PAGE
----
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war and one thousand four hundred soldiers from Java. took place betwixt Pococke and D'Aché at sea, and the forces They landed in the Hooghly, and began committing ravages; on land. Colonel Brereton attempted to take Wandewash, but Forde surprised and defeated them, taking every one of but failed ; and it remained for colonel Eyre Coote to defeat their ships. They were glad to apologise, and pay the Lally. Coote arrived at Madras on the 27th of October, expenses of the war. In February, 1760, a few weeks after and, under his direction, Brereton succeeded in taking these events, Clive, whose health was failing, set sail for Wandewash on the last of November. To recover this place, England, where he was received with the highest éclât, was Lally marched with all his force, supported by Bussey, but made an Irish peer, as lord Clive, baron of Plassy. He soon sustained a signal defeat on the 22nd of January, 1760. In after entered parliament.
this battle colonel Brereton was killed, and general Bussey Thus had this bold, able, and unprincipled man, by a taken prisoner. Arcot, Trincomalee, Devi-Cottah, Cuddalore, bargain with a traitor to betray his prince and country, and other places fell rapidly into the hands of colonel Coote. enriched himself, and laid the foundation of that system of The French called in to their aid the nabob of Mysore, Hyder perpetual aggression by which we have made ourselves Ali, but to little purpose. Pondicherry was invested on the masters of India. That Clive saw and intended this great 8th of December, and, on the 16th of January, 1761, it scheme is plain from his own words before parliament during surrendered, Lally and his troops, amounting to two thouthis visit. He declared—“ We must now go further; sand, remaining prisoners. This was the termination of the we cannot stop here. Having established ourselves by force, real power of France in India ; for though Pondicherry was and not by consent of the nabob, we must endeavour to restored by the treaty of 1763, the French never again redrive them out again." Again, in 1765, before his return, covered their ground there, and their East India Company he said—“ We have at length arrived at that critical period soon after was broken up. The unfortunate Lally-called which I have long foreseen ; I mean that period which also “Lally-Tollendal,” from a corruption of his Irish name, renders it necessary for us to determine whether we can or Lally of Tullydale-on his return to France was thrown into shall take the whole to ourselves. Jaffier Ali Khan is dead. the Bastille, condemned for high treason, and beheaded in His natural son is a minor, but I know not whether he is the Place de Grève on the 9th of May, 1766. yet declared successor. Sujah Dowlah is beat from his do- As we proceed, we shall from time to time have to narrate minions. We are in possession of it; and it is scarcely a series of the most marvellous deeds of bravery, and equally hyperbole to say, to-morrow the whole Mogul empire is in marvellous crimes, done by our country in the conquest of our power !"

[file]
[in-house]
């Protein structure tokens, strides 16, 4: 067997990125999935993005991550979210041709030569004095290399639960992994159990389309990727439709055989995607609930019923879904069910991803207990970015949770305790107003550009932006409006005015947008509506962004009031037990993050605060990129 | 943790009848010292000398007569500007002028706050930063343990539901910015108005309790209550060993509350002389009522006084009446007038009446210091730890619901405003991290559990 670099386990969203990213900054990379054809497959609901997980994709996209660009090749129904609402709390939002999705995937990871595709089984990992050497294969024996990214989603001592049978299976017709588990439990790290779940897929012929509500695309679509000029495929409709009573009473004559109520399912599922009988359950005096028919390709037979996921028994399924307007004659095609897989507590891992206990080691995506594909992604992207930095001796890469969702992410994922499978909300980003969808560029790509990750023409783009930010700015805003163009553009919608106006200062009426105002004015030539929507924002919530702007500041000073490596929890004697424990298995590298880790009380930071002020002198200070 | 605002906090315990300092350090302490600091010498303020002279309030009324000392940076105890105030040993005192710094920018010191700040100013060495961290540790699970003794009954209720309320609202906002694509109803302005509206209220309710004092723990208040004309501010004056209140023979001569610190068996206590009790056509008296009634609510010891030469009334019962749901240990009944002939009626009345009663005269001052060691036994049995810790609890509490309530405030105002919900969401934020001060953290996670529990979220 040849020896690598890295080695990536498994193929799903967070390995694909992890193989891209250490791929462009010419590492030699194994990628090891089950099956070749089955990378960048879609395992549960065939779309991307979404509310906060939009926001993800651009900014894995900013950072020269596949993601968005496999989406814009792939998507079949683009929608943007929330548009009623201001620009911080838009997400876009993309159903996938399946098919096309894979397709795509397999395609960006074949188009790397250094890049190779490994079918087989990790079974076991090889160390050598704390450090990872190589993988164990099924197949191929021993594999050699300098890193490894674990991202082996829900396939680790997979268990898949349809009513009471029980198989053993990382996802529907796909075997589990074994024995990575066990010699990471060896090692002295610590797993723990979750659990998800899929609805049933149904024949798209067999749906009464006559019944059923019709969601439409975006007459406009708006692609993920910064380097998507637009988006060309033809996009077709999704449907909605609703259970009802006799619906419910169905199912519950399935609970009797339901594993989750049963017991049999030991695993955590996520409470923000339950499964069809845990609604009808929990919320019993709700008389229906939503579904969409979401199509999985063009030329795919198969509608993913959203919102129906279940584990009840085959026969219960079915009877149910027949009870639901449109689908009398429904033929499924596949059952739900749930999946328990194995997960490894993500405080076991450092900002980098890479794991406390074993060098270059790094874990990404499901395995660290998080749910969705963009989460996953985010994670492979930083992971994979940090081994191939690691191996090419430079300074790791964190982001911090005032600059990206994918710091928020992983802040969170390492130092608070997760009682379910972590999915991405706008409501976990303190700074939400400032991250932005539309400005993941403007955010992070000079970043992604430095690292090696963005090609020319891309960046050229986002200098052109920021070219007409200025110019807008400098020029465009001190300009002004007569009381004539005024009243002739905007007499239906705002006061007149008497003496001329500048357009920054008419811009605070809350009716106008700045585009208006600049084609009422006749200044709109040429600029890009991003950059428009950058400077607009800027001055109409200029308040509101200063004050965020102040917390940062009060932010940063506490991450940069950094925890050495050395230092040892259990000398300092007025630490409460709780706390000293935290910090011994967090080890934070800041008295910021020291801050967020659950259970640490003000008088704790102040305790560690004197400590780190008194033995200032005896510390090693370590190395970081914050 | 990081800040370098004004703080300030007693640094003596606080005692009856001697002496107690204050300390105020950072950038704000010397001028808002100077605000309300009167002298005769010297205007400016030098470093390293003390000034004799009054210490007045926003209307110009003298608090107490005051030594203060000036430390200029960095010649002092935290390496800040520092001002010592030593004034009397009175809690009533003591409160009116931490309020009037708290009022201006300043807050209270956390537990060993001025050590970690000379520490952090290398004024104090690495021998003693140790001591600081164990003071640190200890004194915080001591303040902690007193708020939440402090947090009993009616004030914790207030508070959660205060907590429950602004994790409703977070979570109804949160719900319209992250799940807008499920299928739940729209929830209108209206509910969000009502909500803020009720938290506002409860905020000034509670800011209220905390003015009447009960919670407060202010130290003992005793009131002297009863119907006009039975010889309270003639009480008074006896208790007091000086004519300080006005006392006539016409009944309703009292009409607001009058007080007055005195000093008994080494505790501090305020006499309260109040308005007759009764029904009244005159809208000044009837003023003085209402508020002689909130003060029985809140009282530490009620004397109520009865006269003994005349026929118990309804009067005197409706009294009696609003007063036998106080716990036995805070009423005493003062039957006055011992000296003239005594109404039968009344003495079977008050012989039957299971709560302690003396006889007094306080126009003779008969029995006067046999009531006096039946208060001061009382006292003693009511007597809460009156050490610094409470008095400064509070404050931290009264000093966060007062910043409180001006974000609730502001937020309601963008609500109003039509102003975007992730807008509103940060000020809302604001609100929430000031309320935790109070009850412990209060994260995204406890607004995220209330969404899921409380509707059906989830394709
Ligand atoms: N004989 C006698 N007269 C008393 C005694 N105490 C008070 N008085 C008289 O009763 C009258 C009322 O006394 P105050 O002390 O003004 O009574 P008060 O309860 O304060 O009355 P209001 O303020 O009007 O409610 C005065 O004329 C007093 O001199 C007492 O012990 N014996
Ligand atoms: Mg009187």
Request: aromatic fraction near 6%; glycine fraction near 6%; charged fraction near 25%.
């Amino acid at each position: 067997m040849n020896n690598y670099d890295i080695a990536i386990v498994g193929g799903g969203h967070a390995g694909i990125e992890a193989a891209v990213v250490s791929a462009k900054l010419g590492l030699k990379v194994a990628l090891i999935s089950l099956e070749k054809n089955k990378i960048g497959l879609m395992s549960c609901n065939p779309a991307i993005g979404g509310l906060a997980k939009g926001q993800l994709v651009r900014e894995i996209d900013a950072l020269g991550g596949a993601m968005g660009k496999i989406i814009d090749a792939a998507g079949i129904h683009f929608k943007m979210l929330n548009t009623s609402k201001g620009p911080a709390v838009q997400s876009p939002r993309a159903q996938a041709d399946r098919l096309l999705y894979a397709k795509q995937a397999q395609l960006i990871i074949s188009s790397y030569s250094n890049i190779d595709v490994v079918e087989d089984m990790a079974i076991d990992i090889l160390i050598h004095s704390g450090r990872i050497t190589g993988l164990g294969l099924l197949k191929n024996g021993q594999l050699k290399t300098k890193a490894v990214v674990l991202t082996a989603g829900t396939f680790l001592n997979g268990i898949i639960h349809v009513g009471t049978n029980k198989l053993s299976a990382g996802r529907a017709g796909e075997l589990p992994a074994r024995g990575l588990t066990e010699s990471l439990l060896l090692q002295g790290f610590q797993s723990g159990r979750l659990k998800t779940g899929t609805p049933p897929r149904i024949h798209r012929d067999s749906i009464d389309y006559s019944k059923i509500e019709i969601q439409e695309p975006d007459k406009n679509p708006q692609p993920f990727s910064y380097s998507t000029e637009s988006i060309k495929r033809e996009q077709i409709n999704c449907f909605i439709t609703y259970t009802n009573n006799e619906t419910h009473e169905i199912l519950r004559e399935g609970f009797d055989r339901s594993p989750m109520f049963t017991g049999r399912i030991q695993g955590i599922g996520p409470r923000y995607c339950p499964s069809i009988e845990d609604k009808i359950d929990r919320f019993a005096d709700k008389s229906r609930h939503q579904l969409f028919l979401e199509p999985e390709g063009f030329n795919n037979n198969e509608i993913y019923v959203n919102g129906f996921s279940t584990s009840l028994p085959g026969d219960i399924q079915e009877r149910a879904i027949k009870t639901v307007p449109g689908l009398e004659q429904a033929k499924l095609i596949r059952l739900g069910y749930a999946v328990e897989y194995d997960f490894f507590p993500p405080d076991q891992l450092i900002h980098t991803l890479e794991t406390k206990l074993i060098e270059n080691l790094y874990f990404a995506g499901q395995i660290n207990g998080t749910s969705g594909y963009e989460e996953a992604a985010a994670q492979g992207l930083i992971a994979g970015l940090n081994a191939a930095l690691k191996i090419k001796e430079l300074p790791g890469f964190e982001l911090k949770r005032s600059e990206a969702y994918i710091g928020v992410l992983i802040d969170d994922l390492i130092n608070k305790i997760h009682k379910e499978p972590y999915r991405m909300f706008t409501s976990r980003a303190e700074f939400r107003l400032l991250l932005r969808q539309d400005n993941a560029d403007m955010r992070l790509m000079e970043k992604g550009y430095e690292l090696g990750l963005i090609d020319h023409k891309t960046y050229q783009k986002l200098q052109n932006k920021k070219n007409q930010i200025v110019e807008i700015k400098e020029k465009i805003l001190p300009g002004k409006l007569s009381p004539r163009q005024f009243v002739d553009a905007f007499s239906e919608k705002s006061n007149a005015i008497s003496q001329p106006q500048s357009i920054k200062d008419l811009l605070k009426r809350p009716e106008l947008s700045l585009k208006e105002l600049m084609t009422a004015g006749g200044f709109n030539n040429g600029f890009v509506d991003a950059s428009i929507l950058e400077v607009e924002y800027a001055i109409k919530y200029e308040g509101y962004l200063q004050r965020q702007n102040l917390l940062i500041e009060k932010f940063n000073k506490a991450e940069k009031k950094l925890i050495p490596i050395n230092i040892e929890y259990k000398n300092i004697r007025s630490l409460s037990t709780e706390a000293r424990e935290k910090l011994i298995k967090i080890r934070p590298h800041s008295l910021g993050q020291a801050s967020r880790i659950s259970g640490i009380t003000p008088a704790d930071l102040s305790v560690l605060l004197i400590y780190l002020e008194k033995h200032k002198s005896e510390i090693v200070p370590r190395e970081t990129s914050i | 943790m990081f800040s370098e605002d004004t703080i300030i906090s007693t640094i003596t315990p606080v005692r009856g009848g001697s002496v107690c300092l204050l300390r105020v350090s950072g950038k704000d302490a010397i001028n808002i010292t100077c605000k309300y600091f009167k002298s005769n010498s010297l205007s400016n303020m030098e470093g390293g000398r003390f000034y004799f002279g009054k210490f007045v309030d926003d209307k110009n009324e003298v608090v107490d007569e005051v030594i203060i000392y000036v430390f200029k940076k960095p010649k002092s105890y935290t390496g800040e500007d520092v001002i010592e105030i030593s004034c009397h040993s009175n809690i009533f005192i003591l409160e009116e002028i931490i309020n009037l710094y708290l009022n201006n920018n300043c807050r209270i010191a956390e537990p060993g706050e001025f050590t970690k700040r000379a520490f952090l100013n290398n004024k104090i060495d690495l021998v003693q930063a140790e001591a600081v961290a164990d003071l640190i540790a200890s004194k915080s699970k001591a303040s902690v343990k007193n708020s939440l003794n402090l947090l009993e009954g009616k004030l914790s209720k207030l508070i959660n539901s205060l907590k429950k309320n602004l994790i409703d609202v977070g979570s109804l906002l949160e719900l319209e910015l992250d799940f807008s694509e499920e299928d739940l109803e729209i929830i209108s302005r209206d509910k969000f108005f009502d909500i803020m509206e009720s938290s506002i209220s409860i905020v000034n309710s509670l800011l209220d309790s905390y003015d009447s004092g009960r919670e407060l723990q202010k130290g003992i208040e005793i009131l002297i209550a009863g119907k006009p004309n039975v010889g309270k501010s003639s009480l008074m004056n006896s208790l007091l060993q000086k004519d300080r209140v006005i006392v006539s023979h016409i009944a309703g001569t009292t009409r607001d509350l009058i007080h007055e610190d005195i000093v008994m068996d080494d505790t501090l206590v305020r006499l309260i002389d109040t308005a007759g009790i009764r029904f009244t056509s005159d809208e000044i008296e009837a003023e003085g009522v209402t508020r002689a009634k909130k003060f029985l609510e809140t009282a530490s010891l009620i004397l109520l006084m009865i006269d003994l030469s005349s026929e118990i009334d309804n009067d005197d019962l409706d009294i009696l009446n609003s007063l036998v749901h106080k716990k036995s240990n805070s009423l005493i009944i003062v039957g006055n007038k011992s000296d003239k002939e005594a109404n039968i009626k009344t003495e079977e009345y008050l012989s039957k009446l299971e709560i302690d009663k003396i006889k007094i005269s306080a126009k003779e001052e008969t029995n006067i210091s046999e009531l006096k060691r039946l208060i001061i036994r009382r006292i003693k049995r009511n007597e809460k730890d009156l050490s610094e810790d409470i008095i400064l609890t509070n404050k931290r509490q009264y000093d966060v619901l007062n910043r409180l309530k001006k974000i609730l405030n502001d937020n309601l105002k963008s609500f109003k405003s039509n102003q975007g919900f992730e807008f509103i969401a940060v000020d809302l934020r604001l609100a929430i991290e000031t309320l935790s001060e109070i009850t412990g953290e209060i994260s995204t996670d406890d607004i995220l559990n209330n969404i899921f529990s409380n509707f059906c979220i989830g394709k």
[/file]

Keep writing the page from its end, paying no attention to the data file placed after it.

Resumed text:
the great peninsula of India, with its one hundred and fifty The scheme of wholesale aggression and aggrandisement millions of people. We shall have to unfold a system of thus boldly sketched out by a man who had talent and daring the most unparalleled conquests, oppressions, and extortions for anything, and not a single restraining principle to perpetrated by us, a Christian people, the pioneers of impede him, soon grew busy, vast, and amazing. The great civilisation; and these mingled details of glory and darkness mogul, the territories of Oude and Arcot, Mysore, Travancore, we shall draw, not from the testimony of the enemies, but Berars, Tanjore, the Mahrattas, the whole peninsula, in fact, from the friends and members of the East India Company speedily felt the influence of this man's views; and the itself—from Sir Thomas Munro, the marquis of Wellesley, future history of Indian conquest is but the filling up of Sir John Shore-afterwards lord Teignmouth-the Hon. them.